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Home - Global Worming – Summer 2010

Clione sp. (planktonic mollusk) larva, Bocas del Toro, Panama. This image by Matthew Hooge placed 20th in the 2007 Nikon Small World Photomicrography Competition.

Clione sp. (planktonic mollusk) larva, Bocas del Toro, Panama. This image by Matthew Hooge placed 20th in the 2007 Nikon Small World Photomicrography Competition.

Most are no bigger than a speck of dust, yet some have the power to kill fish with their toxic slime. A few are herbivores, but the majority are predators. All have the ability to regenerate any part of their body. First documented in Europe in the early 18th century, new species are still being described at the rate of up to 50 each year.

“To the microscopic world, they’re ferocious dreaded beasts,” says University of Maine biologist Seth Tyler of his favorite invertebrates, marine turbellarians or flatworms, which he has been studying around the world for almost three decades. “They’re like vacuum cleaners going around sucking up other little animals.”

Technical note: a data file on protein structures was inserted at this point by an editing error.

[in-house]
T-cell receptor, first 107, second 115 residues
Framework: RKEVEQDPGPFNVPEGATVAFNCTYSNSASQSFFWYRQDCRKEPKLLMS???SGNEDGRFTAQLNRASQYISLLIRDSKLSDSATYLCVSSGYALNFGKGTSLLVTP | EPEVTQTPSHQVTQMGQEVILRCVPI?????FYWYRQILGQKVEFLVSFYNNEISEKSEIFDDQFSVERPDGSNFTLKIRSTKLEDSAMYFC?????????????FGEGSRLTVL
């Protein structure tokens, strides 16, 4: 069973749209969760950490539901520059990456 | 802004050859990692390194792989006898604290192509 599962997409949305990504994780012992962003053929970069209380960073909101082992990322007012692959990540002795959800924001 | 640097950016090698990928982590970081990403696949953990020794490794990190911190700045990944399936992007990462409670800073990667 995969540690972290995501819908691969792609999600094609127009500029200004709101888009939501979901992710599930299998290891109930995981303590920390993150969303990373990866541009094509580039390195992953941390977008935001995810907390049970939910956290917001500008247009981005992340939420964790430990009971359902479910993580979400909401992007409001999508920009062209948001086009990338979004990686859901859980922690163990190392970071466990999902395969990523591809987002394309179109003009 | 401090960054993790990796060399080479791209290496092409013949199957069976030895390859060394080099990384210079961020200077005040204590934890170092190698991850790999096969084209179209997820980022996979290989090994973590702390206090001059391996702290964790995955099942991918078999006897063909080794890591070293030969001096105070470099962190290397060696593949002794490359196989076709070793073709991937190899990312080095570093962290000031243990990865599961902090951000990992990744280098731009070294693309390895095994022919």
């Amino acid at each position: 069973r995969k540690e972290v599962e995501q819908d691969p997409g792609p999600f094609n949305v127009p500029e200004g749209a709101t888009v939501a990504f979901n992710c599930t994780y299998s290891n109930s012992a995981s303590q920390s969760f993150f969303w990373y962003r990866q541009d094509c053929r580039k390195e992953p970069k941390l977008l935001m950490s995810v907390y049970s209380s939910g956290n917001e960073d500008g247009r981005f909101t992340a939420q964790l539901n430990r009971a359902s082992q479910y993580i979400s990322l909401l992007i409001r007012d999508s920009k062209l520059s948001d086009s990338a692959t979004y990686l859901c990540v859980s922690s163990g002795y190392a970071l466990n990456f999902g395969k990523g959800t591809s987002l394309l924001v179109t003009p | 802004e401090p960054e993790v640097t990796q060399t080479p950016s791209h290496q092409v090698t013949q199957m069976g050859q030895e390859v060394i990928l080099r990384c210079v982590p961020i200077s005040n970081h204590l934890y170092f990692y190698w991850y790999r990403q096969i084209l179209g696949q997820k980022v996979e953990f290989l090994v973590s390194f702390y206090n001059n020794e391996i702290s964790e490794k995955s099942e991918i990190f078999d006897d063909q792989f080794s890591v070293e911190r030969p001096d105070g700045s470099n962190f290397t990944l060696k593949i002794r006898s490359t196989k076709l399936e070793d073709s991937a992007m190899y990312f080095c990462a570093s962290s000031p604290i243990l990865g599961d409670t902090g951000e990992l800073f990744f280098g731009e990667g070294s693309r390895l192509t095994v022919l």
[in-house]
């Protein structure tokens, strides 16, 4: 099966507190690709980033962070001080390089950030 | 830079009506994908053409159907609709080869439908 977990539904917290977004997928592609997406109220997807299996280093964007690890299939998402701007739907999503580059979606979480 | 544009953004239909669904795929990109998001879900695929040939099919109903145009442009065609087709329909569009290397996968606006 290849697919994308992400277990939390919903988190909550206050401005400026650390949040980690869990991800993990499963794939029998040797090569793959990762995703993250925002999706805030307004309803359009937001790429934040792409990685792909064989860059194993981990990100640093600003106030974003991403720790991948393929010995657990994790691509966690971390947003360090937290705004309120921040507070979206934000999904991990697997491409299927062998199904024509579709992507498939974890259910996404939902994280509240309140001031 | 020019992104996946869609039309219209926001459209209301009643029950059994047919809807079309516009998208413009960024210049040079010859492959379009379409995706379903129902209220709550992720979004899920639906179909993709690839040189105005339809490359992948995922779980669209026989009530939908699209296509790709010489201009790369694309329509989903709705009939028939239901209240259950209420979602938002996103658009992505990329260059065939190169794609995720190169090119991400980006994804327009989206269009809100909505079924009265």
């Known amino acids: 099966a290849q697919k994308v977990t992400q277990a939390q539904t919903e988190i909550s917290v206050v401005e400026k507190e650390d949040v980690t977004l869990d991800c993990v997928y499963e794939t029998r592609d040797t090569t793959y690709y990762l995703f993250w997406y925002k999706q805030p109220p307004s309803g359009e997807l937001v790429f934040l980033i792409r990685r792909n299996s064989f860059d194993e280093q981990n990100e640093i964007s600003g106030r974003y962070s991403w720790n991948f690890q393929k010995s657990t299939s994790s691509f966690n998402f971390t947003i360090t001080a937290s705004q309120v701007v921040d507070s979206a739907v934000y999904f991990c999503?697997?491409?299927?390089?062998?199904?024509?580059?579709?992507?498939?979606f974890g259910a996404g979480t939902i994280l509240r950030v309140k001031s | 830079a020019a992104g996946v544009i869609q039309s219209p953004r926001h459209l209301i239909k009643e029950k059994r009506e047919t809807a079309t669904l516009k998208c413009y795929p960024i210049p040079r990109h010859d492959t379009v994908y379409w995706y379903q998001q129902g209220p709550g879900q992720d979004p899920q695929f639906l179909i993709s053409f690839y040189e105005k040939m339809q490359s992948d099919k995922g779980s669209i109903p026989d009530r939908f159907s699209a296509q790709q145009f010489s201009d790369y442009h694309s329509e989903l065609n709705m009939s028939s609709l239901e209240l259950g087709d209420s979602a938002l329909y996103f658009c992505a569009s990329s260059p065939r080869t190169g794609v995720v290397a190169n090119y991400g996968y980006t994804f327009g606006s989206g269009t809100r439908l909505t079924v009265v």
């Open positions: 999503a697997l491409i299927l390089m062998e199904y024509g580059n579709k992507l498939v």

Perhaps even more remarkable is the potential of turbellarians to help answer fundamental questions about the relationships of all animals, including their origins in the primitive Earth and genetic connections to the major branches of the animal kingdom.

“They tell us how animals changed from what we know are the primitive forms, such as jellyfish, to being bilaterally symmetrical,” says Tyler, who started studying turbellarians as a graduate student at the University of North Carolina. “These animals also have a very special type of stem cell. They essentially invented the stem cell among early bilaterally symmetrical animals.”


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